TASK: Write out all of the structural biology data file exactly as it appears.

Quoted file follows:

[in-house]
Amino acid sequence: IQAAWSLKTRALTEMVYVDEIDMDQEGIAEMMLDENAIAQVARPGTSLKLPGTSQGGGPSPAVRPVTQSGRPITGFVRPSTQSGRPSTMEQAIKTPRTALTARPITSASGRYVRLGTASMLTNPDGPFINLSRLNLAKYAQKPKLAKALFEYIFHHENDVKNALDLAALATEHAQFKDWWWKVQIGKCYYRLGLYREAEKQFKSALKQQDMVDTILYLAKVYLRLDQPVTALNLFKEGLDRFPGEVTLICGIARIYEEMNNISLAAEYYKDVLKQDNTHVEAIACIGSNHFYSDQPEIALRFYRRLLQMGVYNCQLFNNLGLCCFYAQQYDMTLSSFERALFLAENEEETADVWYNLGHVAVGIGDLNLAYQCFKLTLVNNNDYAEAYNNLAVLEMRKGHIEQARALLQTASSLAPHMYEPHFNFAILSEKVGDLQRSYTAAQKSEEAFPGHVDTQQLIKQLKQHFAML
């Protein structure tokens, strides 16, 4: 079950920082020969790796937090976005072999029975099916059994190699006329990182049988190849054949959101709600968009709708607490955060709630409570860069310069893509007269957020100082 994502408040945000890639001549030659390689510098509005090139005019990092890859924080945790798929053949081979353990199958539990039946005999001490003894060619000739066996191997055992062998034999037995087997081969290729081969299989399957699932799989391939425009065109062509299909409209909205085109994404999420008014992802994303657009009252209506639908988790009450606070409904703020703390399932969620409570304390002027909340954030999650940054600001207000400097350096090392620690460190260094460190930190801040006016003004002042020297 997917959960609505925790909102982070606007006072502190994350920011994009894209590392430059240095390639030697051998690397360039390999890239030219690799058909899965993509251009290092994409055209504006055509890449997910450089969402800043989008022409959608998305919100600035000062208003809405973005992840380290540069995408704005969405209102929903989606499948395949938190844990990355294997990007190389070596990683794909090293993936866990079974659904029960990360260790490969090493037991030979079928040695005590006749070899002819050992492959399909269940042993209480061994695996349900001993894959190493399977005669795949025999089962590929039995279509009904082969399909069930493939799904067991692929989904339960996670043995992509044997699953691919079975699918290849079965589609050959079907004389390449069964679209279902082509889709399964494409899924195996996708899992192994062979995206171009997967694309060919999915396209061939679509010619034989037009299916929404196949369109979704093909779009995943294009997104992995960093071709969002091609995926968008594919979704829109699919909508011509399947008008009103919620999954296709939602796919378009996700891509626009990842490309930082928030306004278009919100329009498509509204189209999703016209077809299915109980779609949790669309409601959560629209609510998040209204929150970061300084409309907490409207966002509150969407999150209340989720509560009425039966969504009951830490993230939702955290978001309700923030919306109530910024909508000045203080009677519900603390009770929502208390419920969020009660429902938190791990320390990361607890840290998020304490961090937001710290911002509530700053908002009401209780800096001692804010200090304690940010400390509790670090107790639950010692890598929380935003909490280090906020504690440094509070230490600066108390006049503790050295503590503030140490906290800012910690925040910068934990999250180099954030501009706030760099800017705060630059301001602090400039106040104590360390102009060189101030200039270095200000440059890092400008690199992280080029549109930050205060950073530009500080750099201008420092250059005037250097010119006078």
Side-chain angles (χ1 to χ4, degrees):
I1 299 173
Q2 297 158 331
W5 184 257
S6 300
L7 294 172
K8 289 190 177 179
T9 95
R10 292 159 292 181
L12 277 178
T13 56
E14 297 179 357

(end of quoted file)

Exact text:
[in-house]
Amino acid sequence: IQAAWSLKTRALTEMVYVDEIDMDQEGIAEMMLDENAIAQVARPGTSLKLPGTSQGGGPSPAVRPVTQSGRPITGFVRPSTQSGRPSTMEQAIKTPRTALTARPITSASGRYVRLGTASMLTNPDGPFINLSRLNLAKYAQKPKLAKALFEYIFHHENDVKNALDLAALATEHAQFKDWWWKVQIGKCYYRLGLYREAEKQFKSALKQQDMVDTILYLAKVYLRLDQPVTALNLFKEGLDRFPGEVTLICGIARIYEEMNNISLAAEYYKDVLKQDNTHVEAIACIGSNHFYSDQPEIALRFYRRLLQMGVYNCQLFNNLGLCCFYAQQYDMTLSSFERALFLAENEEETADVWYNLGHVAVGIGDLNLAYQCFKLTLVNNNDYAEAYNNLAVLEMRKGHIEQARALLQTASSLAPHMYEPHFNFAILSEKVGDLQRSYTAAQKSEEAFPGHVDTQQLIKQLKQHFAML
């Protein structure tokens, strides 16, 4: 079950920082020969790796937090976005072999029975099916059994190699006329990182049988190849054949959101709600968009709708607490955060709630409570860069310069893509007269957020100082 994502408040945000890639001549030659390689510098509005090139005019990092890859924080945790798929053949081979353990199958539990039946005999001490003894060619000739066996191997055992062998034999037995087997081969290729081969299989399957699932799989391939425009065109062509299909409209909205085109994404999420008014992802994303657009009252209506639908988790009450606070409904703020703390399932969620409570304390002027909340954030999650940054600001207000400097350096090392620690460190260094460190930190801040006016003004002042020297 997917959960609505925790909102982070606007006072502190994350920011994009894209590392430059240095390639030697051998690397360039390999890239030219690799058909899965993509251009290092994409055209504006055509890449997910450089969402800043989008022409959608998305919100600035000062208003809405973005992840380290540069995408704005969405209102929903989606499948395949938190844990990355294997990007190389070596990683794909090293993936866990079974659904029960990360260790490969090493037991030979079928040695005590006749070899002819050992492959399909269940042993209480061994695996349900001993894959190493399977005669795949025999089962590929039995279509009904082969399909069930493939799904067991692929989904339960996670043995992509044997699953691919079975699918290849079965589609050959079907004389390449069964679209279902082509889709399964494409899924195996996708899992192994062979995206171009997967694309060919999915396209061939679509010619034989037009299916929404196949369109979704093909779009995943294009997104992995960093071709969002091609995926968008594919979704829109699919909508011509399947008008009103919620999954296709939602796919378009996700891509626009990842490309930082928030306004278009919100329009498509509204189209999703016209077809299915109980779609949790669309409601959560629209609510998040209204929150970061300084409309907490409207966002509150969407999150209340989720509560009425039966969504009951830490993230939702955290978001309700923030919306109530910024909508000045203080009677519900603390009770929502208390419920969020009660429902938190791990320390990361607890840290998020304490961090937001710290911002509530700053908002009401209780800096001692804010200090304690940010400390509790670090107790639950010692890598929380935003909490280090906020504690440094509070230490600066108390006049503790050295503590503030140490906290800012910690925040910068934990999250180099954030501009706030760099800017705060630059301001602090400039106040104590360390102009060189101030200039270095200000440059890092400008690199992280080029549109930050205060950073530009500080750099201008420092250059005037250097010119006078």
Side-chain angles (χ1 to χ4, degrees):
I1 299 173
Q2 297 158 331
W5 184 257
S6 300
L7 294 172
K8 289 190 177 179
T9 95
R10 292 159 292 181
L12 277 178
T13 56
E14 297 179 357